Writing doesn’t work like that. It doesn’t take place in a vacuum. In my opinion and experience, there’s a part of the work that’s being alone, and a part of the work that’s community: friends, teachers, editors. When you begin to involve community, that’s when you open the door.

I’m going to guess a lot of people reading this might think: “I’m just starting out, I don’t know other writers, I don’t have a writing teacher, I don’t work with an editor, like…crap!”

And I want to tell you that’s fine. Keep going, and have an eye to this stuff. But if you don’t have people around you, join writing groups, offline or online. If there are open mics or reading series or book launches in your town, go. I think most importantly, find people who are interested in the same work you’re interested in, and go from there.

I’m interested in the relationship between these two things: the solitariness of writing, and the relationship we have with our community, the people who give feedback: friends, teachers, editors. Readers!

A few more thoughts about opening the door that I’d like to talk about revolve around the process of transitioning from creating something alone to showing it to someone else.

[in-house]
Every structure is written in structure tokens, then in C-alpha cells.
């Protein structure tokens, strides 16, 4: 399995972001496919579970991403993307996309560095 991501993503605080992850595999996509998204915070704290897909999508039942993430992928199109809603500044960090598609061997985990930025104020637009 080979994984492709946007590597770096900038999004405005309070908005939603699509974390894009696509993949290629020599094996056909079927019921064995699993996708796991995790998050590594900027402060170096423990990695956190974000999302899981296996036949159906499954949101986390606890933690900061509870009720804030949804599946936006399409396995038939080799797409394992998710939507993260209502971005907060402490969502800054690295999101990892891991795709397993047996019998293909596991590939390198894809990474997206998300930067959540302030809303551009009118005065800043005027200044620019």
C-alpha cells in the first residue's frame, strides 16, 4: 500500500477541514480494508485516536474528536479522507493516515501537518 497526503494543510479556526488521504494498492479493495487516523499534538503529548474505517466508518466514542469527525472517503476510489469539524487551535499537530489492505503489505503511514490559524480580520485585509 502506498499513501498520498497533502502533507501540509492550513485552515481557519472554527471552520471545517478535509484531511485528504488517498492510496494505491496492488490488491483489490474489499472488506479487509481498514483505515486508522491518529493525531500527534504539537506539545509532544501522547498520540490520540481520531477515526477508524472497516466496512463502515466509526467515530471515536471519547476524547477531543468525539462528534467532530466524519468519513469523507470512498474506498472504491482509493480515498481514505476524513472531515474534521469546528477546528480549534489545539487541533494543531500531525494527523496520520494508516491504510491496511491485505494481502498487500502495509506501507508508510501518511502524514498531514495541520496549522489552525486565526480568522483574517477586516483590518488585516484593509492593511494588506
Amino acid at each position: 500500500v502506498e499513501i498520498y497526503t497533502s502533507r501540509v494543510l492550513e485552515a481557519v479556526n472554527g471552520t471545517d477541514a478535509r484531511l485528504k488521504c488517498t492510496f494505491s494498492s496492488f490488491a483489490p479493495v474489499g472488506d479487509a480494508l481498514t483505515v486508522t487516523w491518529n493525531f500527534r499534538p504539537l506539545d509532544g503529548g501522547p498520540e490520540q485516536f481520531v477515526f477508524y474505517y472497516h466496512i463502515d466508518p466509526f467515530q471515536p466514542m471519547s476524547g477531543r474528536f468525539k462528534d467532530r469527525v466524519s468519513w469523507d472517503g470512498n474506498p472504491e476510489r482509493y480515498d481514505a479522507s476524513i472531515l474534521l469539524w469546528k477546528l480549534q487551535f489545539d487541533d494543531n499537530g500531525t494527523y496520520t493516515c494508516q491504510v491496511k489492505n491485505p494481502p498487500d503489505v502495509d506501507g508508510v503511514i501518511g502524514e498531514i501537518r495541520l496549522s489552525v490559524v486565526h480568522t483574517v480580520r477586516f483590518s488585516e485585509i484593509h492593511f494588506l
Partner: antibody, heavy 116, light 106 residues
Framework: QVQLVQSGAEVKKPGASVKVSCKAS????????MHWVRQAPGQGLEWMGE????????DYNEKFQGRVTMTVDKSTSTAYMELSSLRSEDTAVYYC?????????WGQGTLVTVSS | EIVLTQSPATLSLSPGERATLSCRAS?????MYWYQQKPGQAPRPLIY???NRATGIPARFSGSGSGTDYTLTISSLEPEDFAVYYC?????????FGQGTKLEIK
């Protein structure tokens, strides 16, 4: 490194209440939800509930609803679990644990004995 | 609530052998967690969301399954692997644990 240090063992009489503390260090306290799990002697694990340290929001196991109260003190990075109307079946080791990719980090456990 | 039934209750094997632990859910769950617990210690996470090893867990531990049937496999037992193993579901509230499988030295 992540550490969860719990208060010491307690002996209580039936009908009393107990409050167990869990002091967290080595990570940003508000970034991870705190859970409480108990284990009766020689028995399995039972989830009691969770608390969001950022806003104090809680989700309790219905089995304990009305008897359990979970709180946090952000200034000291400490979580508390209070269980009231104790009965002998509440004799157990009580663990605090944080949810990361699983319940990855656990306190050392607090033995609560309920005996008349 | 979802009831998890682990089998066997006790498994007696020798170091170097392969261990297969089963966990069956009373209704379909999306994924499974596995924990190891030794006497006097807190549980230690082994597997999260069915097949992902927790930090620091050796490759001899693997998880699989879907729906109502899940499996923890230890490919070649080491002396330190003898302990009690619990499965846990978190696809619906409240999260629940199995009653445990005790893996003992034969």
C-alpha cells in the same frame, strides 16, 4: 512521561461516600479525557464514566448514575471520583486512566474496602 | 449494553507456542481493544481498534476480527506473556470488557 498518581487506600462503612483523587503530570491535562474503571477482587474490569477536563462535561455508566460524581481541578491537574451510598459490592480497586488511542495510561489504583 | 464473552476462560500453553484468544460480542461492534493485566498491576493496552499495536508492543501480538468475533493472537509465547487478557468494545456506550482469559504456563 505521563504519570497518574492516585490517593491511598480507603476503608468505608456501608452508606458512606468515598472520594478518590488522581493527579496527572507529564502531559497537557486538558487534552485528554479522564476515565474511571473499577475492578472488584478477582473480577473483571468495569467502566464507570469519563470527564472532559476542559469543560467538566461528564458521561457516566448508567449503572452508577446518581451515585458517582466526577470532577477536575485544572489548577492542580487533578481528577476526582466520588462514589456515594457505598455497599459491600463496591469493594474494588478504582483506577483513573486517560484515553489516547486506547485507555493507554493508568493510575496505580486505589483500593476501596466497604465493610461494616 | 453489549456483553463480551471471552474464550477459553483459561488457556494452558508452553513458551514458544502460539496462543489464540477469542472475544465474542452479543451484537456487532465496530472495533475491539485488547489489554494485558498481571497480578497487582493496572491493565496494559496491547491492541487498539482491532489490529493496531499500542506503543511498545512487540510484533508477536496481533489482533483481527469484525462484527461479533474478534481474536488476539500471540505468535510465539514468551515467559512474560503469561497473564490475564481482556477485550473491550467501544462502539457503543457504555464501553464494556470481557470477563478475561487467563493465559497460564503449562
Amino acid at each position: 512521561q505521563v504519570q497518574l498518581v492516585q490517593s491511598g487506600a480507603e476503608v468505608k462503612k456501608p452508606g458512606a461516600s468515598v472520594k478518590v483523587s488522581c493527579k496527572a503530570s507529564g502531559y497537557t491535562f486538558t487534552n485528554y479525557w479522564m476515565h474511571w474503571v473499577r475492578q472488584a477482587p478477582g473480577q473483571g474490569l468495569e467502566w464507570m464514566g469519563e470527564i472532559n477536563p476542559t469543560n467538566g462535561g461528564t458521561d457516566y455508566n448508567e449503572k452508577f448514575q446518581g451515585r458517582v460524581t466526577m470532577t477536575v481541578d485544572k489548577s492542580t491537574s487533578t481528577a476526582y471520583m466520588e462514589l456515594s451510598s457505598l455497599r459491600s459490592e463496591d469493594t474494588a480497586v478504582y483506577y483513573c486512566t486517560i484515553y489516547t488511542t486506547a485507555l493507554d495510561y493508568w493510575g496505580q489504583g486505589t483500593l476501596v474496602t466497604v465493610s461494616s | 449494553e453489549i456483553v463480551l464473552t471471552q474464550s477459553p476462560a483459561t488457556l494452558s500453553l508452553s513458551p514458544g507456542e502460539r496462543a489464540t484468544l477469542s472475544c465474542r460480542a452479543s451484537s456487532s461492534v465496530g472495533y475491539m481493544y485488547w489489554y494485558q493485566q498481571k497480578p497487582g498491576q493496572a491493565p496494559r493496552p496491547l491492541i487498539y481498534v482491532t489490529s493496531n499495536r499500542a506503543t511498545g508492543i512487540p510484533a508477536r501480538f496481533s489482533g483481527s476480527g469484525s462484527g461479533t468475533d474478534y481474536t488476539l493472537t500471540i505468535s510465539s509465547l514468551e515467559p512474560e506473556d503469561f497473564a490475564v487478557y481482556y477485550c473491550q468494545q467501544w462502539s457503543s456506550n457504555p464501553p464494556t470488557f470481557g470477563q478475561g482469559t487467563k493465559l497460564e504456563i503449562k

1. Sometimes a piece of writing will follow me around—I’m doing the dishes, or I’m grocery shopping, and then it hits me like: “No, no, there’s this one part that still needs to be different.” Sometimes I have an idea of how to fix it. And sometimes I’m totally at loose ends. For me, I send stuff out for critique when I’m out of solutions on my own. But: if I know how to fix it, that means I just haven’t done it yet. It’s not ready for anyone else to see. I start e-mailing people when I’m out of ideas. I get ahold of my friends when I start thinking, “This piece is not perfect, but I’m not at a point where I can make it any better on my own.”

2. I don’t know about you, but I definitely write about some intense subjects. Stuff that’s intimate and painful. Hearing criticism about my work can really sting sometimes. It’s always going to sting. I’m not exactly a veteran, but I’ve been publishing work for over a decade now and the criticism hasn’t hurt any less, and I don’t know any author who’s like “Oh yeah, I got over it, I can take anything now, ha!” Criticism is going to hurt. And to me, depending on the subject matter, I have to do some inner processing, basically, before I send the piece out for critique. You know, it’s like going outside in minus thirty: You bundle up, and it’s still gonna suck, but if you take the time to bundle up right, it sucks less.

3. Finally, a key transition point for me: when I’m moving from that inner, private creating-for-myself stage to opening it up to the world, a key thing I do is print the piece out, take it somewhere out of the house, like a café or something, and I mark it up with a pen as if I were an editor. It really works for me. It’s like I’ve tricked my brain into thinking the piece isn’t mine and I can just be like “This word should be different, and this paragraph would be way better if I cut this line” and blah blah blah.